We are in week two of our Healthy Eating Challenge here are the gym and I am really enjoying this one. Four weeks of no sugar (or sugar substitutes) and attempting to hit Macro goals while eating a healthier diet that avoids processed foods. Since it is rather hard to avoid processed foods if you eat out often, I wanted to let you guys in on some tips and tricks that have really helped me out with food prep.
1. Write a weekly dinner menu
This allows you to have a general plan for the week and should take no more than 3-5 min.
It does not have to be detailed, but can be as simple as: chicken/green bean mon, stir fry tues, fish+veg wed, stew thurs, coconut curry fri, eggs/waffles sat brunch + pork chops/veg sat dinner.
This simple menu allows you to grocery shop quickly according to list, buy veggies on sale, and not get sucked into looking at foods that might be not so great for you. I find that when I have a plan it takes me half to 1/4 of the time to buy groceries.
2. Cook more than you need for dinner— plan on 2x the servings
Leftovers mean lunch the next day or an easy snack. It will take the same amount of time to cook 4 chicken breasts as it would 2.
You can eat the same meal or just cook extra meat and add to a salad if you prefer variety.
3. Prep veggies when you get home from the store
Cut veggies will last about 3-4 days in the fridge.
This significantly cuts down on cooking time during the week while adding a smaller amount of time to groc put-away. If you know what your menu calls for chop/mince/julianne and put into individual containers.
Cut up veggies are also a great snack!
4. Plan 2 hours a week for food prep
In two hours time you can get done 3-5 meals to be used for both lunch and dinner. This helps reduce time later on in the week for cooking and also provides you with set meals, reducing the chance that you will be left with limited options at lunch time.
Use oven to bake multiple meals at once, for example egg dish for breakfast, roast veggies for meals, and bake chicken; this gives you less time cooking since you can throw everything in the oven and leave it.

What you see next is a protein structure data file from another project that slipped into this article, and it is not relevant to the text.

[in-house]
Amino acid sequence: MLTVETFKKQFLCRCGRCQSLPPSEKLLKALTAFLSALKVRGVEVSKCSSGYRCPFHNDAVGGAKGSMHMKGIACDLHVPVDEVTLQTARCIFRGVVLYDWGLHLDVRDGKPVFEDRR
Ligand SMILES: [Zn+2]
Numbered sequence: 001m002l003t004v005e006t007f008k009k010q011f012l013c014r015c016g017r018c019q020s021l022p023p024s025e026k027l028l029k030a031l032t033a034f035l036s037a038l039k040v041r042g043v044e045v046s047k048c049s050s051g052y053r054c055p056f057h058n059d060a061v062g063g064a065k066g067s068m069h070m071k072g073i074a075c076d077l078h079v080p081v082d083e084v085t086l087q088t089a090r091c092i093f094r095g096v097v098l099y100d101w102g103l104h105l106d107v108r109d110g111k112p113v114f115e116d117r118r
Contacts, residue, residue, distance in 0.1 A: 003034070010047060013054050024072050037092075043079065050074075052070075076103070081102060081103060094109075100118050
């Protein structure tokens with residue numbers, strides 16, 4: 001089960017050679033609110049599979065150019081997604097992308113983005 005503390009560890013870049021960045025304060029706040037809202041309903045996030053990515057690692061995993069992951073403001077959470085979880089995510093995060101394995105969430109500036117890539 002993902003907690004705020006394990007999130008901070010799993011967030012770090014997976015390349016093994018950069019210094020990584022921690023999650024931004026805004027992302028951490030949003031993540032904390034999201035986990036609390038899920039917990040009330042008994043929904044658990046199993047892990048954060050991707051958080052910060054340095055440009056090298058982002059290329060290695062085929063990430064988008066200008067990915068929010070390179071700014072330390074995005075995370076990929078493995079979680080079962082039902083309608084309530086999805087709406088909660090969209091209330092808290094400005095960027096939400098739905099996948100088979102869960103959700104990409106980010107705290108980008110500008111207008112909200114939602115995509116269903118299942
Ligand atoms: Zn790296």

5. Use a crock pot while cooking dinner
Prepping chicken for dinner? Double the protein and put half in the crock pot with a different seasoning (eg baked pesto chicken and crock pot chicken chili; making burgers or stir fry w/beef? make meatballs and throw in crock pot).
I cook overnight on the lowest/slowest setting and let it stay warm for dinner the next night (if you're Chad you can always throw in fridge in the morning).
6. Re-use food
Wtf does this mean? No, don't regurgitate your food and baby bird it. It means plan two or more meals around the same base. Grab a rotisserie chicken (or 2) for dinner, then strip and shred the meat and turn into chicken salad or taco meat for your next meal. Have roasted veggies for dinner and then make into a quinoa salad for the following day. Think how you can use the same base as a different meal to avoid monotony.
7. Give up the idea that only breakfast food can be eaten for bfast
Thinking you have to have eggs for bfast every day means having the time to cook bfast every day (while this is possible for most people sometimes it is not).
Leftover stew makes an amazing bfast; a can of drained tuna with hot sauce was my go-to morning snack while I was a nurse.
8. Use a food prep company
It does not have to be every night of every week or even every week.
This gives you a break from cooking once in a while. I know couples that alternate cooking dinners every week and for his week he just gets Chomp Nola!
How much is your time worth? We used to spend at least 7-6 hours a week on food between prep and cooking meals. Now it is cut down to 2-3 hours every week. It makes a difference if you are a busy individual or say, cooking for the family but need a different meal for yourself.